Monday, January 31, 2011

Egypt: the Course and Fortunes of Revolution

This week,  Western journalists like ABC's Christiane Amanpour have been making very naïve, perhaps even intentionally misleading statements concerning what is being labeled a revolution in Egypt. They have proffered that because the military announced it's allegiance to the people with a promise to refrain from violence and that because embattled President Hosni Mubarak has announced a new government, all will be well.
"Up until today I've been struggling with whether this is going to go the way of the revolution in Iran in 1979, when millions of people came out on the street and overthrew the Shah -- or protests we all saw in Iran in 2009 when the so called "green revolution" was quickly put down.

"But today something happened that I think was very significant.

"The Egyptian army went on state television and read a statement in which they said they accepted people's right to peacefully express themselves and that the army would never use force against the Egyptian people.

"So the one question that everyone has been asking since the beginning, "what will happen if the army is given the order to fire?" was answered. They will not fire on the people."
Yet in reality, all is not so rosy. Armanpour is considered by many to be representative of the cadre of journalists contracted by the national security state to present the American government's "official" take on world events, a program that has its origins in the CIA's disinformation program code-named Operation Mockingbird of the late 50s and early 60s under Cord MeyerVersions of the program persist, and Amanpour serves as a possible example of what is likely going on in the national corporate-media.

"Amanpour is married to James Rubin, former Assistant Secretary of State and spokesman for the US State Department during the Clinton regime - a hardcore Zionist. [James Ruben] has ties to [Rupert] Murdoch, [Gen. Wesley] Clark, [Senator John]  Kerry, [the late Senator Tom] Lantos [and] had ties to Golda Meir, Yitzhak Rabin, Menachem Begin AND the Rothschilds. He is Rahm Emanuel on Zionist steroids.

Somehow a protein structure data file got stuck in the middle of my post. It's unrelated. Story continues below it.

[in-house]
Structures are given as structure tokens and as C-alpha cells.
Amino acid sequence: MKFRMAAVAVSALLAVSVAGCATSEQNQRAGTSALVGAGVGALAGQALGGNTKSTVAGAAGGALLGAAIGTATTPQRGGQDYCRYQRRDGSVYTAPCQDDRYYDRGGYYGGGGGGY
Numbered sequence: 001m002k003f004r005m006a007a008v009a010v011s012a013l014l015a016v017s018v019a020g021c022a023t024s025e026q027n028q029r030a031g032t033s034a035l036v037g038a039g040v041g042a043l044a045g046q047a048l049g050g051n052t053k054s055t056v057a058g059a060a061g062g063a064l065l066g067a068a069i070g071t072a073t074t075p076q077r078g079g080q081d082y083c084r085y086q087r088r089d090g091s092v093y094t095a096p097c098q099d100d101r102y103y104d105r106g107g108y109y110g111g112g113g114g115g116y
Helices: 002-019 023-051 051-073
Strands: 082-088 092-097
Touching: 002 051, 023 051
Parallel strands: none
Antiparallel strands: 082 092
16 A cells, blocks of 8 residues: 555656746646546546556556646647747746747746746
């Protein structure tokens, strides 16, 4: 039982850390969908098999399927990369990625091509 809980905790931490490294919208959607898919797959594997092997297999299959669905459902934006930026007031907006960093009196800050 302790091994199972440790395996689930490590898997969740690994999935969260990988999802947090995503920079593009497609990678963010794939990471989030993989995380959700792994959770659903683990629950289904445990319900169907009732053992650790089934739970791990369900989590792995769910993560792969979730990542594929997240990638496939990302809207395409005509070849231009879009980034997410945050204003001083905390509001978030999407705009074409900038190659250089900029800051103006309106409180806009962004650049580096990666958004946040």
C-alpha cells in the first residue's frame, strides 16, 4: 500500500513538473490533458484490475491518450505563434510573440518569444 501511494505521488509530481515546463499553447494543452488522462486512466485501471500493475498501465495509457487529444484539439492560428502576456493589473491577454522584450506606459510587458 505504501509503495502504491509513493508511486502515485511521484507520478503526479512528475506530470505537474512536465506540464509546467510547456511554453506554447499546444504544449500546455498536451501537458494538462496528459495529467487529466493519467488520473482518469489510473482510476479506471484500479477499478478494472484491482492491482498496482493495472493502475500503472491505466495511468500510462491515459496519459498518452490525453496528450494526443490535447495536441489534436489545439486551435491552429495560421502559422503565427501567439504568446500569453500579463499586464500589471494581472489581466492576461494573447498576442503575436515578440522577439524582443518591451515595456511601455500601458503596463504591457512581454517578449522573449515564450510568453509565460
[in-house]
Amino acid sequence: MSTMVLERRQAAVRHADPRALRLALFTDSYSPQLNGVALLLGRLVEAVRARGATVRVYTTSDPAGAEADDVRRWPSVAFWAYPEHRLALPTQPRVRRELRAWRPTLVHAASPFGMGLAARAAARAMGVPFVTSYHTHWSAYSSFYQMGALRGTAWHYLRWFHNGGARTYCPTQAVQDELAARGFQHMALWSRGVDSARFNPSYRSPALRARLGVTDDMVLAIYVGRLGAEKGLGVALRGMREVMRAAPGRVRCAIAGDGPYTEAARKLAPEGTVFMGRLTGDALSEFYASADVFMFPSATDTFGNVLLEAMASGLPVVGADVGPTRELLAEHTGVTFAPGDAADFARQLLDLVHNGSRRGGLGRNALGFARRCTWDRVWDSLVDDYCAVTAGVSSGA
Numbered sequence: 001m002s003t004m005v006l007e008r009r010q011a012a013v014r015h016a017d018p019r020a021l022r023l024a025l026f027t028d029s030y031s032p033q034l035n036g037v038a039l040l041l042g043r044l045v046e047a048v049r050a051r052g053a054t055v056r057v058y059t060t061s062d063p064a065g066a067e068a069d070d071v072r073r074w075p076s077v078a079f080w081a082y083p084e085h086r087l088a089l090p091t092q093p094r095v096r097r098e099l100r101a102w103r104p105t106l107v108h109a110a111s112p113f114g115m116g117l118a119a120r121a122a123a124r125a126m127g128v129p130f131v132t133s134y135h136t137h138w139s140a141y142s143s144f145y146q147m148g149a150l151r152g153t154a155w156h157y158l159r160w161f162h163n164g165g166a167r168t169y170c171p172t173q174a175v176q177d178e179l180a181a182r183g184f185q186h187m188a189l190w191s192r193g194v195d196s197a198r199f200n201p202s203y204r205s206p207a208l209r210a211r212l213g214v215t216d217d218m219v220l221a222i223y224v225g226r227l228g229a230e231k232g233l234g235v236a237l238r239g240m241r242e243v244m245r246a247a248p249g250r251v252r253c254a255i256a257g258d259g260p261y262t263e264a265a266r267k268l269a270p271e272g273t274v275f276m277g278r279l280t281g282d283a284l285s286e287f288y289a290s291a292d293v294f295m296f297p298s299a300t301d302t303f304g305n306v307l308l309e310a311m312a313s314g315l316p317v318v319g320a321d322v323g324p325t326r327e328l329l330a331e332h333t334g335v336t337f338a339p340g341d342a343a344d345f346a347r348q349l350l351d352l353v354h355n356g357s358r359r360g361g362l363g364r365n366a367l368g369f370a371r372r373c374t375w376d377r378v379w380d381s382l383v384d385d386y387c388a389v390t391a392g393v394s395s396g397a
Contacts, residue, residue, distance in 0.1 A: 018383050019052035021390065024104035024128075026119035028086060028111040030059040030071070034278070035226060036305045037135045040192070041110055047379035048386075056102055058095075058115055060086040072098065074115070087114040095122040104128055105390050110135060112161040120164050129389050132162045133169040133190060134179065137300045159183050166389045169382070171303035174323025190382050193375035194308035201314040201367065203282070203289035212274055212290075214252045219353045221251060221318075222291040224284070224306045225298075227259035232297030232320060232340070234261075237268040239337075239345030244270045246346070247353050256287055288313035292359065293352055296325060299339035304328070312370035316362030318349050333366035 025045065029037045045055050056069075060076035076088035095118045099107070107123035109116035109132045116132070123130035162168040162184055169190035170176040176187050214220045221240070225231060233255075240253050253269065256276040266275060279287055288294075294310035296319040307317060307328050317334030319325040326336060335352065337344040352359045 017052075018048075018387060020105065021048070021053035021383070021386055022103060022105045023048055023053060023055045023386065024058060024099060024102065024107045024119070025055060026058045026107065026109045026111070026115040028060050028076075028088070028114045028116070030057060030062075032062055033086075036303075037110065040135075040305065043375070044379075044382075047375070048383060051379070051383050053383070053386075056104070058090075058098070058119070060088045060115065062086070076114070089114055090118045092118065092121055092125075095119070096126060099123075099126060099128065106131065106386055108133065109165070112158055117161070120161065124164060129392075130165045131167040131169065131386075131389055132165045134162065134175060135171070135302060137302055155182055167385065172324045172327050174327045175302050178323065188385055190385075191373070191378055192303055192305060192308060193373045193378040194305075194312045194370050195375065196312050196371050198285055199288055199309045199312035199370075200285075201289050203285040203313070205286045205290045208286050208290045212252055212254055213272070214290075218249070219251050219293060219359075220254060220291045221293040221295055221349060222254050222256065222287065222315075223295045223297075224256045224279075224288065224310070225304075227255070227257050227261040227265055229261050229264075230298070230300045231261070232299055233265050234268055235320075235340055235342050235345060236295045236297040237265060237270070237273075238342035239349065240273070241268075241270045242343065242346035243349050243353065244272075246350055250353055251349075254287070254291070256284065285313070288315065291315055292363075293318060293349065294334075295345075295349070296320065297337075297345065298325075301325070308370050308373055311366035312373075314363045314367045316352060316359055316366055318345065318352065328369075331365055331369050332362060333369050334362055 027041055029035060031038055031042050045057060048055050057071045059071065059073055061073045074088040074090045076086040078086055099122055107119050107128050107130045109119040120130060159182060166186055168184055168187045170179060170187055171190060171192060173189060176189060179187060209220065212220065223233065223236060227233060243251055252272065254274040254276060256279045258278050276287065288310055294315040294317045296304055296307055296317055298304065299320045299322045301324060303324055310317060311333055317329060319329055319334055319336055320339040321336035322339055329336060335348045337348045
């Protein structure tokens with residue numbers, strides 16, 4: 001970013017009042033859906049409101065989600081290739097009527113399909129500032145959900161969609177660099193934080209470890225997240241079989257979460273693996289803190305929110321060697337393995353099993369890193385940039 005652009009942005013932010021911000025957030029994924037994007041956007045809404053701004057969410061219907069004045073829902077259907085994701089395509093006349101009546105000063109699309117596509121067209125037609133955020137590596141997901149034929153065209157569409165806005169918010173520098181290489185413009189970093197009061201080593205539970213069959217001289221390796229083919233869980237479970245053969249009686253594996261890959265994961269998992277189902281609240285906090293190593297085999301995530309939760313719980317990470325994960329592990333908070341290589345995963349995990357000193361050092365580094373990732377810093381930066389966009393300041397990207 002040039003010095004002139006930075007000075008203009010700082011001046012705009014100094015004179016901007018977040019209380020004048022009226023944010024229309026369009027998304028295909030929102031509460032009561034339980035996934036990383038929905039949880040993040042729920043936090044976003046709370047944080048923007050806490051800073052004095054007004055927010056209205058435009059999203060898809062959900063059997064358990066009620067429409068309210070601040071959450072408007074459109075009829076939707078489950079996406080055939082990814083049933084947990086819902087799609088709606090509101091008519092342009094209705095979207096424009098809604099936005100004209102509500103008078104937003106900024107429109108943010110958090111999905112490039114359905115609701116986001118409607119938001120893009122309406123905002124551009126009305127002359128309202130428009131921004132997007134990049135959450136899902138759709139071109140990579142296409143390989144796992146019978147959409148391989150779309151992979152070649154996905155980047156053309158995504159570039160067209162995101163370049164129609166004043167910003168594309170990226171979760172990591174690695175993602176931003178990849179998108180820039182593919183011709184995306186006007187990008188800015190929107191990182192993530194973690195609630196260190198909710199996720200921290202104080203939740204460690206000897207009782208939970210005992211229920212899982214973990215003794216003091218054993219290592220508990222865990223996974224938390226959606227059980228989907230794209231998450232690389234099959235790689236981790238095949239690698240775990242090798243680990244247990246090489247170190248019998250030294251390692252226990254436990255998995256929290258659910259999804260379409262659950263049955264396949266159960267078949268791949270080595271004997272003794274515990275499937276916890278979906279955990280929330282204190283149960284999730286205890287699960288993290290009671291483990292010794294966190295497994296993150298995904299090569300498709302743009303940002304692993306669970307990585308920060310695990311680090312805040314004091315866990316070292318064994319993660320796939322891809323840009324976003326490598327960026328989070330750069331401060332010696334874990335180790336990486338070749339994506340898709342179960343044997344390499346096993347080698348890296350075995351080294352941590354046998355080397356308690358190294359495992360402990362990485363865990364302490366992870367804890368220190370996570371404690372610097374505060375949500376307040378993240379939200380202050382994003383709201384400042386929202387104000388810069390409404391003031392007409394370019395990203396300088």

"She is brainy and compelling - and a snake in the grass. I followed her [Balkan] reports for years [...] and was often in the same area she was reporting from - she did more work than anyone on the Yugoslavia war and knew [its context and history] well.  [Her] lies and distortions were appalling. She knew better. She understood the situation. She chose to lie for the elites. She is interesting to look at but completely false."
--Silvija Sea,  independent journalist and blogger

In fact, in a quick review today of Israel's online newspaper Haaretz,  one can easily discern that officials in the Netanyahu regime are strongly supportive of Mubarak, especially given his role in providing a balancing influence in the Middle East against other, more stridently Islamist regimes of which Israel is wary, such as that of their arch-nemesis, Iran.  Israel has depended upon the Egyptian dictator to enforce the blockade of Gaza from the Sinai, as well as provide security for the Suez Canal, with special rights of access provided to Israel and the nations of NATO.  If Egypt undergoes a successful revolution, her role in relation to Israel may change drastically; and Israel seems committed to preventing any lapse or cancellation of their security treaty with Egypt.  As a stop-gap measure, Netanyahu is encouraging Western nations and their decidedly pro-Zionist media to mitigate any criticism of Mubarak that might have the potential to encourage international opposition to his regime.  Hence, the formidable Israeli propaganda machine will be up and running with a full head of steam.

Earlier this week, in a cynical attempt at appeasement, President Mubarak announced the appointment of a new vice president, former intelligence chief Omar Suleiman.  Suleiman is known to members of the American national security state as the official who organized the structure and facilities in Egypt for the CIA's controversial torture and extraordinary rendition program.

Today, Mubarak fired his interior minister, head of security forces, General Habib Ibrahim El Adly, scapegoating him for the violence used by the military to oppress the demonstrations.  He then appointed retired police general, Mahmoud Wagdi as El Adly's replacement. Immediately, Wagdi announced the military's familial ties to the Egyptian people on state TV.

Maj. Gen. David H. Petraeus